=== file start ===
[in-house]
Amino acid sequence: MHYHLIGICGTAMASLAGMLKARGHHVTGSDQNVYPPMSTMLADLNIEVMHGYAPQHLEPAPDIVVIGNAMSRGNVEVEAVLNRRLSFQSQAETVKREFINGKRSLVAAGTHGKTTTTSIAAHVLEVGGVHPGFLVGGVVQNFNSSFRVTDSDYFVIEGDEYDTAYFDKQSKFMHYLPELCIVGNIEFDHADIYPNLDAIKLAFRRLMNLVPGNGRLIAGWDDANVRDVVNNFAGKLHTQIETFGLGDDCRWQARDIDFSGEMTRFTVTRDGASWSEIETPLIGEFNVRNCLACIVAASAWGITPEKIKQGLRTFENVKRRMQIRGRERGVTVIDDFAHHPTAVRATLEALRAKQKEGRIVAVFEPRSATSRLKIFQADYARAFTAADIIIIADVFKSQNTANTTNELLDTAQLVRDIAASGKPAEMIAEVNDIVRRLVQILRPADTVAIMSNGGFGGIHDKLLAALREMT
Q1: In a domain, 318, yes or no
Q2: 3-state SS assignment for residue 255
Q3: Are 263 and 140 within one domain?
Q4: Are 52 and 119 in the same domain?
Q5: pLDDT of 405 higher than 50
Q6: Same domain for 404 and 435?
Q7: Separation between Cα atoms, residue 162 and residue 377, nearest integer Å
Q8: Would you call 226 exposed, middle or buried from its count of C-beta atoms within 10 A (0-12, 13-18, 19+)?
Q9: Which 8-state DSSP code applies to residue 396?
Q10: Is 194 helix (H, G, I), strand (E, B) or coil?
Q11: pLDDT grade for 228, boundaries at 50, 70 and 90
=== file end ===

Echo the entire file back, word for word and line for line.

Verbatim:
[in-house]
Amino acid sequence: MHYHLIGICGTAMASLAGMLKARGHHVTGSDQNVYPPMSTMLADLNIEVMHGYAPQHLEPAPDIVVIGNAMSRGNVEVEAVLNRRLSFQSQAETVKREFINGKRSLVAAGTHGKTTTTSIAAHVLEVGGVHPGFLVGGVVQNFNSSFRVTDSDYFVIEGDEYDTAYFDKQSKFMHYLPELCIVGNIEFDHADIYPNLDAIKLAFRRLMNLVPGNGRLIAGWDDANVRDVVNNFAGKLHTQIETFGLGDDCRWQARDIDFSGEMTRFTVTRDGASWSEIETPLIGEFNVRNCLACIVAASAWGITPEKIKQGLRTFENVKRRMQIRGRERGVTVIDDFAHHPTAVRATLEALRAKQKEGRIVAVFEPRSATSRLKIFQADYARAFTAADIIIIADVFKSQNTANTTNELLDTAQLVRDIAASGKPAEMIAEVNDIVRRLVQILRPADTVAIMSNGGFGGIHDKLLAALREMT
Q1: In a domain, 318, yes or no
Q2: 3-state SS assignment for residue 255
Q3: Are 263 and 140 within one domain?
Q4: Are 52 and 119 in the same domain?
Q5: pLDDT of 405 higher than 50
Q6: Same domain for 404 and 435?
Q7: Separation between Cα atoms, residue 162 and residue 377, nearest integer Å
Q8: Would you call 226 exposed, middle or buried from its count of C-beta atoms within 10 A (0-12, 13-18, 19+)?
Q9: Which 8-state DSSP code applies to residue 396?
Q10: Is 194 helix (H, G, I), strand (E, B) or coil?
Q11: pLDDT grade for 228, boundaries at 50, 70 and 90